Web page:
Monday, December 16, 2013

What does "Far Left" mean?

It always befuddles me as to the why the media pundits on cable TV news shows like Fox and CNN likes to refer to some members in the Democratic Party as "far left". Even Senator Bernie Sanders (who refers to himself as a Socialist) sounds more like FDR than Joseph Stalin. And he's nothing at all like a Communist either (say, Chairman Mao).

So when I hear media pundits say "far left" (not even "left", but "far left"), I wonder if they've ever visited the Progressive Caucus website, or ever read any of their budget proposals. I didn't see anything that looked in the least bit as "radical" in any way --- especially when compared to the "no government" or "smaller government" mantra of the anti-government Tea Party (who are really more like anarchists than anything else) and could also be considered much farther to the right than the Nationalist Party of the 1930's --- who had "very big government".

So what does "far left" really mean? Are most of us supposed to be evil Satanists (or Atheists) now, just because we want more income equality (among other things)? Because we (progressives) are more pro-worker and less pro-multinational corporations? Because we believe in causes that benefit "real" people, and not legal entities (such as the corporate media like Fox and CNN)?

Yes, real people work for corporations, but the people who run those corporations aren't necessarily working to benefit their employees, but only themselves. Progressives advocate for the employees of these corporations, whereas, too many "moderate" Democrats (and most Republicans) advocate for the employees' bosses.

It still perplexes me as to why so many in the voting population (especially those of the 95% that earn less than the Social Security tax cap of $113,700 a year), might be less concerned with their own financial well-being and not vote in their own best interests, and would rather vote for someone who wants to ban abortions or make gay marriages illegal.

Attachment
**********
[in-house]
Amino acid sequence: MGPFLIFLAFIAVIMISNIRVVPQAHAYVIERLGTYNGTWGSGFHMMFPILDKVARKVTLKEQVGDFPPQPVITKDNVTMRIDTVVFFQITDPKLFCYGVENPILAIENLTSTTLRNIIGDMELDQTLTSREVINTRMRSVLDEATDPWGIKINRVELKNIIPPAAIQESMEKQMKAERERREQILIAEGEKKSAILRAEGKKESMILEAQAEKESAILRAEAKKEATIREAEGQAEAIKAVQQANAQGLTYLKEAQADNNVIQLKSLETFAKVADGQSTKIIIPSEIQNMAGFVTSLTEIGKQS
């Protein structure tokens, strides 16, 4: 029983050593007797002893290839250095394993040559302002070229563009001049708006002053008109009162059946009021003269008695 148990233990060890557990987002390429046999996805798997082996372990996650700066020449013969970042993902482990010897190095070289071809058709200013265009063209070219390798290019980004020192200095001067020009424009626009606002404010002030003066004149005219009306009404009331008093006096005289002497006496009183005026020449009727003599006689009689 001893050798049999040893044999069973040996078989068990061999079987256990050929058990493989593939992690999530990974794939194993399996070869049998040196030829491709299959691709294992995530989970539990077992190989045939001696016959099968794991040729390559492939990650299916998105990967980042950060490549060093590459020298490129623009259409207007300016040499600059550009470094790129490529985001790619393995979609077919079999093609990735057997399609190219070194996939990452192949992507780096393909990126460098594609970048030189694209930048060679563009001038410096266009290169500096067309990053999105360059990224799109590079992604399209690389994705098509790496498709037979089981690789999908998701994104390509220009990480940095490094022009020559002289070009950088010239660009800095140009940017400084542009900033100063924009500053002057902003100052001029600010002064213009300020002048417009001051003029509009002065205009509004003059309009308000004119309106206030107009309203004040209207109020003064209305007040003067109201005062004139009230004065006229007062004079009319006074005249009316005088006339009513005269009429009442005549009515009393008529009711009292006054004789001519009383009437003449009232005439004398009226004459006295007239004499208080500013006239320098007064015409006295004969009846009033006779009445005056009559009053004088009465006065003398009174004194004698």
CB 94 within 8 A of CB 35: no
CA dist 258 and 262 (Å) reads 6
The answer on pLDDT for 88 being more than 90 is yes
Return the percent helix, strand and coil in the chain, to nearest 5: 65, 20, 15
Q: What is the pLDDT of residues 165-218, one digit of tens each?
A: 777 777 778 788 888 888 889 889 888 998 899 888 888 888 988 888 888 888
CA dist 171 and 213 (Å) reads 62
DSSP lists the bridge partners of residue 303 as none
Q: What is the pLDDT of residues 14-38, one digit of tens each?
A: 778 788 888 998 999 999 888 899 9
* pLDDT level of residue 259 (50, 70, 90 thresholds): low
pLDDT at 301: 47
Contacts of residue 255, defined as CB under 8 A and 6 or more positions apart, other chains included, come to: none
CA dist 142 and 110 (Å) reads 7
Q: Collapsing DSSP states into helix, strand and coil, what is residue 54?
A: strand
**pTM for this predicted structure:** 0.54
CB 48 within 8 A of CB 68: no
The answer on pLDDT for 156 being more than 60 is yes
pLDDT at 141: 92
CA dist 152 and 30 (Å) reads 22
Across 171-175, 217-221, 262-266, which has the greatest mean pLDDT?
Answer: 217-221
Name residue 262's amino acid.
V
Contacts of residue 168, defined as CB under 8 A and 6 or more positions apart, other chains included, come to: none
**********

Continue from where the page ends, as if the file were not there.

Why should someone give a damn as to whether or not two men got married, or what they do in the privacy of their own homes, so long as they weren't engaged in these "immoral" activities on the schoolyard's playground?

Or abortions: If someone's moral and/or religious beliefs prevents THEM (or their partner) from having an abortion (or using a condom), why would they vote for someone to outlaw the practice if it also means subjecting themselves to low wages without any means of supporting themselves when they get too old or sick to work any longer? Even if abortions were illegal, women will still get pregnant, and then unwanted pregnancies will be dealt with like they were in "the good old days" --- in back allies with clothes hangers, or in doctor's office South of the border (remember, that could be your daughter).

While I can certainly understand the more conservative values of those that live in small towns all across our nation in the more rural areas of our country, as opposed to the larger metropolitan areas and major urban centers (where "tolerance" and diversity" tends to be much more prevalent due to much larger population bases); but even if gay marriages and abortions were legal all across the land, people in those small towns would still tend be more reluctant to "come out" gay, and they would still be much more "hush-hush" and discrete when getting an abortion (and worry about what the neighbors might say) --- both for fear of social rejection and/or reprisals. (My great-grandfather was a stowaway from Germany and immigrated to a small town in the South to be farmer, just after the end of the Civil War. My father was raised on a farm in that small town before joining the military.)

On gun background checks. Who cares? So long as you're not mentally disturbed and/or have a history of violence, nobody is trying to take away your hunting rifles or pistols (or your fishing poles). Besides, the military and SWAT teams will always be able to outgun you, no matter how many firearms you own --- even if they DID try to take away your guns --- whether you lived in the big city or in a remote cabin somewhere in the woods.